2023 Conference: What Lies Beneath

Embroidered Renaissance textile, collection of Meg Andrews, www.meg-andrews.com

Online via Zoom

The MEDATS Spring Conference will be held online via Zoom on Sunday 23 April 2023 between 13:00 and 17:30 GMT+1 (London Time). Attendance is open to all members of MEDATS without charge, and a registration link will be sent to members via email. Sessions will not be recorded.

Session 1, 1:00-2:15

Opening Remarks

President Gale Owen-Crocker

Bents as a Material of Early Modern Fashion: Their Origins, Uses and Demise in Sixteenth and Seventeenth-Century England

Sarah A. Bendall, Australia Catholic University

Bents were reeds and grasses used to structure the hoops of foundation garments such as
farthingales and bodies (stays), the undersleeves and shoulders of garments, and the bodices
of gowns. There has been little attempt to identify them as plants and there are few material
remains. Sarah A. Bendall uses wardrobe accounts and naturalist books, as well as
experimental history, to identify what bents were in sixteenth and seventeenth-century
English context, their materiality, usage and why they came to be replaced by later materials
such as whalebone.

A Tudor Bonnet Takes Shape

Challe Hudson, Independent Scholar

Portraits of early sixteenth-century queens show gable-shaped bonnets of very different
silhouettes. The jewels and soft materials of these bonnets may be effectively the same, so
Challe Hudson suggest that the key to their different shapes lies in the paste, the unadorned
white understructure visible against the cheek. From her investigation of hundreds of effigies
on tombs and brasses in parish churches of England and Wales Challe invites us to join her in
taking the measure of, and peering under the edges of, the uniquely English gabled bonnet.

Session 2, 2:30-4:00

The Mystery of the Norwich Child Jersey Stockings Knitters

Lesley O’Connell Edwards, Independent Scholar

In 1600 Thomas Wilson recorded that children in Norwich between six and ten years old
earned substantial sums by knitting jersey stockings, which were sold in London and abroad.
Lesley O’Connell Edwards considers what lies beneath Thomas Wilson’s comments, and
whether the evidence available refutes or substantiates his claims. She discusses the identity
of Wilson and his possible sources; jersey stockings, and evidence for trading them from
Norwich and their destinations; and Wilson’s monetary calculations.

Conjecturing the Clothes: Sixteenth Century Drawers Fit for an Italian Noblewoman

Chiaretta di Fiore, Independent Scholar

The wearing of drawers in sixteenth-century Italy is a debatable topic. It is unclear who wore
them, when, and why, though there is a commonly-held association with prostitutes. Some
textual evidence exists that noblewomen also wore them. However the only visual evidence
shows Venetian courtesans wearing ornate breeches, significantly different from three
surviving pairs of embroidered linen drawers. Chiaretta di Fiore describes research into
reconstructing a pair of drawers fit for an Italian noblewoman based on research into
materials, decorations, colours, stitches, and other design elements common to mid-sixteenth-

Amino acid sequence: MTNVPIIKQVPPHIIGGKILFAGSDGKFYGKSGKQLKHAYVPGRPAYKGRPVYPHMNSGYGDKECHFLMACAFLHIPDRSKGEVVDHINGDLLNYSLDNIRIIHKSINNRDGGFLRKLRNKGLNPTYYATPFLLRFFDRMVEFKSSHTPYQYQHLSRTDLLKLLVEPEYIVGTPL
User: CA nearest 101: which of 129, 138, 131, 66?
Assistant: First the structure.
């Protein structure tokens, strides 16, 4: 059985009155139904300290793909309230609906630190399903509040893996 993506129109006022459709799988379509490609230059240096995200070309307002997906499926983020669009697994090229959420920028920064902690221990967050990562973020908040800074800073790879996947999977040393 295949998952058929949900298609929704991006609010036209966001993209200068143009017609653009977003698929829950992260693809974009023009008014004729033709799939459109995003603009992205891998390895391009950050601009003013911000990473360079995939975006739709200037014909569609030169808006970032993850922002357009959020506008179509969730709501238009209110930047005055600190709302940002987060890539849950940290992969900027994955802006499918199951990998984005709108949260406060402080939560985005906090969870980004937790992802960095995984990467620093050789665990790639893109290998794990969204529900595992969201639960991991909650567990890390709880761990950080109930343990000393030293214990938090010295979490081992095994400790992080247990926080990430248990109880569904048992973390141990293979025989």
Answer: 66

century Florence.

What Lies Beneath: Sixteenth-Century Pattern Books and the Underwear They Inspired

Hastings Sanderson, Independent Scholar

Decorative flourishes at collar and cuffs brought by lace and embroideries contribute to the
impression conveyed in European portraits of the sixteenth-century upper classes. Many can
be matched up with the pattern books published from the second decade of the 16th century.
Hastings Sanderson demonstrates that comparisons allow discussion of the design aesthetic
of the time, bringing together influences from the past as well as echoing new directions in
architecture, armour, and goldwork design; and that lace and embroidery patterns also
interact with technological advances in the publishing industry, scientific travelogues, and
botanical illustration.

Session 3, 4:15-5:30

A Recently Discovered Elizabethan Farthingale Sleeve

Ninya Mikhaila, The Tudor Tailor

In 2018 Ninya Mikhaila had the opportunity to examine a hitherto unknown and unique
survival of late Elizabethan fashion. Hooped sleeve supports, or farthingale sleeves, had
previously only been known through descriptions in documentary sources, whilst the
actual construction and appearance could only be conjectured. In this talk Ninya examines the
evidence for the development and uptake of the fashion in the sixteenth century as well as
details of the extant sleeve along with the story of its survival and preservation.

The Benefits of Wear: Examining the Support Structures of Embroidery

Erin Harvey Moody, Richmond Museum of History and Culture
Christy Gordon Baty, University of Nebraska, Kearney

The opulence of Elizabethan and Jacobean embroidery is partly due to its unique
dimensionality. Supporting structures were never meant to be seen, but Erin Harvey Moody
and Christy Gordon Baty, exploiting breakdown of silk and other materials, and natural (or
unnatural) wear and degradation over time, together with modern techniques like x-ray,
examine typical underlying materials like twine and wool, as well as wood forms, nutmegs,
shell hulls, and even the more exotic and unique birds’ beaks. They examine two-and three-
dimensional embroideries in several collections, including pictures, caskets, bags, frames and
book bindings.

Closing Discussion